Stat Attack: The wrong type of turnover

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Cardiff Blues went down to a heavy 40-5 defeat at the hands of Leinster on Sunday evening, as a late blitz secured the hosts yet another bonus point win at the RDS Arena.

It was a disappointing scoreline that didn’t reflect the game, from my point of view, and leaves John Mulvihill’s men with a huge game against Glasgow Warriors next weekend in order to make the first Guinness Pro14 fixture block a largely positive one.

Here’s some stats from Sunday’s game that caught the eye…

The Young Guns

With injuries to Olly Robinson and Willis Halaholo, as well as the absence of Kris Dacey, the team that Cardiff Blues took to Dublin on Sunday was one of the youngest we have fielded for many years, including a first Pro14 start and two debuts.

The starting XV had an average age of 25.7 years old, with only Dmitri Arhip, Josh Turnbull and Jason Tovey over the age of 30, before by the end of the game that had dropped to just 22.5 years old, despite the fact both Turnbull and Tovey were still on the field.

The introductions of Iestyn Harris, Kieron Assiratti, Teddy Williams, Gwilym Bradley, Jamie Hill and Max Llewellyn brought that average age right down, with the forwards having an average age of just 21 at full-time. I wrote this week about a corner being turned when it comes to trusting young players, the future is indeed bright.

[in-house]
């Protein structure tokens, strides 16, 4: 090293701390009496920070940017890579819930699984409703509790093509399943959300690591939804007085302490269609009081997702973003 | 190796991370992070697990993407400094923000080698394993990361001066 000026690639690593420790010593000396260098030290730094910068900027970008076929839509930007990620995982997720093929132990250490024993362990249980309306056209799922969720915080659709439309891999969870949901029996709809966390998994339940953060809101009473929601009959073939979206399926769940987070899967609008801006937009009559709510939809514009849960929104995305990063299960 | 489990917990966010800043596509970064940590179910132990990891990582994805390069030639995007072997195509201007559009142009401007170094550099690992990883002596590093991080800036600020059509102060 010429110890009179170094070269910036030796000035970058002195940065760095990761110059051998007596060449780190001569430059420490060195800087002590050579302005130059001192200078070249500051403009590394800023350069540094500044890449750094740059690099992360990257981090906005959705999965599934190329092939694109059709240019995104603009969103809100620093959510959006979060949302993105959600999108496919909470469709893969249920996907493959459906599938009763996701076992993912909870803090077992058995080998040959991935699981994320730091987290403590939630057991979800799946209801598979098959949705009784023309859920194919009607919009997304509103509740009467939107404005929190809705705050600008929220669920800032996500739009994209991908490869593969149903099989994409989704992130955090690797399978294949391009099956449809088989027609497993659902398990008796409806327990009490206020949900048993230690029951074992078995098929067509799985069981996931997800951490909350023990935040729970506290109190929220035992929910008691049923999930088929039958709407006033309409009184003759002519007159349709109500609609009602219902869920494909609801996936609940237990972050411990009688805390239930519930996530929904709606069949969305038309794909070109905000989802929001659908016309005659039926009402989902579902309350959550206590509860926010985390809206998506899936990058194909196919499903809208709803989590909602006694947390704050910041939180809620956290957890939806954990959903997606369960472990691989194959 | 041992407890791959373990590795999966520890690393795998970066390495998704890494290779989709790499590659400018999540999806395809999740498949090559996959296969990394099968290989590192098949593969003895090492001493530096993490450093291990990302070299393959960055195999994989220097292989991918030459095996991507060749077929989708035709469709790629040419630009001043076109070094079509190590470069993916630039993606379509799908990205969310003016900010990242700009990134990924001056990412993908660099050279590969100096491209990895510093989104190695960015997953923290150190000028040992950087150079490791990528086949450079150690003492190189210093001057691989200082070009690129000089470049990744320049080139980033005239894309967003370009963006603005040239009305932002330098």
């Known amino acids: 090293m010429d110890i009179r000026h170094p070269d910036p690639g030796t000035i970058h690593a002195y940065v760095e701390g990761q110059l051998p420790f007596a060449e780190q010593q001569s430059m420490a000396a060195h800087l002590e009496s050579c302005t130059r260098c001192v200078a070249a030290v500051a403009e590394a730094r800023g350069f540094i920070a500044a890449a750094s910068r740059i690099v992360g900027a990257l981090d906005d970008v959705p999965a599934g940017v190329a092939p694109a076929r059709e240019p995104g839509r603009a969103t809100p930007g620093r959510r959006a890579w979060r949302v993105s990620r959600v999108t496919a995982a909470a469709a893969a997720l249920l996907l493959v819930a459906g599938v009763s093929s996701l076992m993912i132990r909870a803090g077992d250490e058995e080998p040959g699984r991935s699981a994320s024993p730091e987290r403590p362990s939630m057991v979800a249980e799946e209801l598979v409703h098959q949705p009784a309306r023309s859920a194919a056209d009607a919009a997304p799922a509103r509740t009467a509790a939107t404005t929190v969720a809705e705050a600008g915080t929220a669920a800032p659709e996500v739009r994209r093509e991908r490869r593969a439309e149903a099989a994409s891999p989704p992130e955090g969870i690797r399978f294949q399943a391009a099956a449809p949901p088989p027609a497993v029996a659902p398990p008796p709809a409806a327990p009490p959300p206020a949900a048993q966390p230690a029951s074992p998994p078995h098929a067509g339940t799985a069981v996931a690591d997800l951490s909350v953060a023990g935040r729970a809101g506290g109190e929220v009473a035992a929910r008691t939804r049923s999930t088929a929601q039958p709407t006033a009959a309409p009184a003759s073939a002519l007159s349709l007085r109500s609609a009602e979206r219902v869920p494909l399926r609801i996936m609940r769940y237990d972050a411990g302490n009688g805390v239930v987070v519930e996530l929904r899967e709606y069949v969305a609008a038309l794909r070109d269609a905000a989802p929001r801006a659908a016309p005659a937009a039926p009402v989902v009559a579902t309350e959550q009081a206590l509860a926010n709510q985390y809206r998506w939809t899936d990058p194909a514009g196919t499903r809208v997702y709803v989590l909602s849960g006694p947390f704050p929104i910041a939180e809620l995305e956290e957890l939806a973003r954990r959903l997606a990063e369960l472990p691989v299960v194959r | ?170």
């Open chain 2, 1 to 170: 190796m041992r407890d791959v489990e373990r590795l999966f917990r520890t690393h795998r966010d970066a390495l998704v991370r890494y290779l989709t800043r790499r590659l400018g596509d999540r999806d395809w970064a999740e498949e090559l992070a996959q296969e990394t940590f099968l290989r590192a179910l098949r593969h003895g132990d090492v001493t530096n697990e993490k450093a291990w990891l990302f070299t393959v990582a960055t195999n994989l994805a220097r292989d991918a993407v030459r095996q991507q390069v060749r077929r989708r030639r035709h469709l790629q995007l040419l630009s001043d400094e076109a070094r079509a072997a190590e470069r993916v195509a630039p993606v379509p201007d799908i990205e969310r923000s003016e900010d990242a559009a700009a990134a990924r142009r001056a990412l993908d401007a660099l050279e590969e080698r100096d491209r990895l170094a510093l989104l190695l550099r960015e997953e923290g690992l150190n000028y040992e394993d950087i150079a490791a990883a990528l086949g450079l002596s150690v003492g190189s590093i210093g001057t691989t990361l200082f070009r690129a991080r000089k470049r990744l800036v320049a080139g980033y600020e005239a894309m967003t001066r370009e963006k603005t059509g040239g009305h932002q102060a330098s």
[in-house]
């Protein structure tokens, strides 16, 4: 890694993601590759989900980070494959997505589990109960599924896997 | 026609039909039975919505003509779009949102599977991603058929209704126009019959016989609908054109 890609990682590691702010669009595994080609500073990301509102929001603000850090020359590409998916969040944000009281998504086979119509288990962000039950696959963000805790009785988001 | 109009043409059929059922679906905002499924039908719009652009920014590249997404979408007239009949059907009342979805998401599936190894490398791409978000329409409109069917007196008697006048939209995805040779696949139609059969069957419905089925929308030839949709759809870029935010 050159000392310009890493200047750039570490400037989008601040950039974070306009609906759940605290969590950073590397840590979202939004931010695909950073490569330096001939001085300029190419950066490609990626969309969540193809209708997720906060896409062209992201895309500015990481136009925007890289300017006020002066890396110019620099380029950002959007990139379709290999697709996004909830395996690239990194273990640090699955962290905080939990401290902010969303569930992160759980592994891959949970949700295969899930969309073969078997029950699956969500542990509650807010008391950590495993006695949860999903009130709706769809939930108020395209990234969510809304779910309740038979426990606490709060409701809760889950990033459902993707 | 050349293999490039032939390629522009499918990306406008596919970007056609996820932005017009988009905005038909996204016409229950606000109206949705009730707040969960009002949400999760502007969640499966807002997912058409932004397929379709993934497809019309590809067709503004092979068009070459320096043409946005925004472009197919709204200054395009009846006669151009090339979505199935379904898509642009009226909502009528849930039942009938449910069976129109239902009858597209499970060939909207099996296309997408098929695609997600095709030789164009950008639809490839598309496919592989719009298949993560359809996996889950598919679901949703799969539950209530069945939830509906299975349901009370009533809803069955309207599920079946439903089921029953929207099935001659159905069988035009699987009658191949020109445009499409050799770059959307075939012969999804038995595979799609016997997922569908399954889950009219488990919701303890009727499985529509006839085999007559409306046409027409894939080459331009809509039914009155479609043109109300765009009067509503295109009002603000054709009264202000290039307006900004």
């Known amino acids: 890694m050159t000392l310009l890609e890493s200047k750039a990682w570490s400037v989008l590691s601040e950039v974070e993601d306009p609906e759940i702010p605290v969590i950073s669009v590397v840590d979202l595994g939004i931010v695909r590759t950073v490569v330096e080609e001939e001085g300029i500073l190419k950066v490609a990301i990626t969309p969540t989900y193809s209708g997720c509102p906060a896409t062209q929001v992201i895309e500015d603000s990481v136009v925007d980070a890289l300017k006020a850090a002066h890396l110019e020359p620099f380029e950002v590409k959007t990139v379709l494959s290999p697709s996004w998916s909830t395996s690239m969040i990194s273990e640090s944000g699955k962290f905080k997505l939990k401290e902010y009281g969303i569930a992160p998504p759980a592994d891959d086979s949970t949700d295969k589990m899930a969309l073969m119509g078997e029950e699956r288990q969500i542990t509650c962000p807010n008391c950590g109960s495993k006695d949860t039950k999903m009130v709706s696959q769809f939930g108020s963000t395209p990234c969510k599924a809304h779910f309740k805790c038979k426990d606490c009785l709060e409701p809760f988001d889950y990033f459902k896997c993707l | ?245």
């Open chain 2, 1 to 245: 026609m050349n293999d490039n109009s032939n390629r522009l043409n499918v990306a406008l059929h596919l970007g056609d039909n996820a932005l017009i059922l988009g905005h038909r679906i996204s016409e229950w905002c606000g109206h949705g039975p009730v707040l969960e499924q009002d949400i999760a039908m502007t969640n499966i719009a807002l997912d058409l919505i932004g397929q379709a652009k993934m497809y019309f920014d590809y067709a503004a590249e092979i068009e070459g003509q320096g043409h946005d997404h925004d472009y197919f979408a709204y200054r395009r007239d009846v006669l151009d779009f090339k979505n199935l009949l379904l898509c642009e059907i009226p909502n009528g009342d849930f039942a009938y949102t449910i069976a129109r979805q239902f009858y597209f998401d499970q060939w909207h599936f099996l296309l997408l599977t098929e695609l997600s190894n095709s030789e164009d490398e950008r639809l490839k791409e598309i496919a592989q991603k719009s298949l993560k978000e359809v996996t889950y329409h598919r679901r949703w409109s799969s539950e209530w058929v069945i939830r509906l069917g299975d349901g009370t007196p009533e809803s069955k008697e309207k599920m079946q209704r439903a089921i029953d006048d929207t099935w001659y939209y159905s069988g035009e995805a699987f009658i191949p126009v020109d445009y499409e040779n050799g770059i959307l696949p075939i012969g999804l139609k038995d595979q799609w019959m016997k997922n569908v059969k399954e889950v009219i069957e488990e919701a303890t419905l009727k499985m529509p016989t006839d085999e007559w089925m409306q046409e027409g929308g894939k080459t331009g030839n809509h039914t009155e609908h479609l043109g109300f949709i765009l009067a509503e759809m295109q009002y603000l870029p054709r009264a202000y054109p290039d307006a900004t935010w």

Tackle machine check

It seems to be a weekly occurrence now to check in on how many tackles Josh Turnbull has made per game, but this week’s 26 is a quite stunning amount from the number eight who’s engine never seems to run out of gas.

This week he was joined in the 26 club by James Ratti, who put in a big shift on the blindside flank, while Alun Lawrence made 23 tackles on the makeshift openside flank, for a total of 75 tackles made by the starting back row.

That’s almost a third of the total Cardiff Blues tackles coming from those three players on Sunday. Not bad at all for a bit of a thrown together trio.

Too many turnovers

Usually this wouldn’t be a bad thing, as John Mulvihill’s men are still the best in the league at pilfering ball from the opposition at the breakdown. However, this week we’re looking at the other type of turnover.

While we steal a lot of ball, Cardiff Blues have also coughed up a lot of possession this season, with Sunday no different as a number of handling errors contributed to conceding 15 turnovers at the RDS Arena.

That has added to a total of 88 turnovers conceded during the course of the season, with only Zebre and, surprisingly, Leinster conceding more. However, when you have as much possession as the Irish side do then conceding a high number of turnovers is perhaps to be expected. With us still struggling to hold on to the ball for long periods, conceding a lot of turnovers is a problem for the attack.

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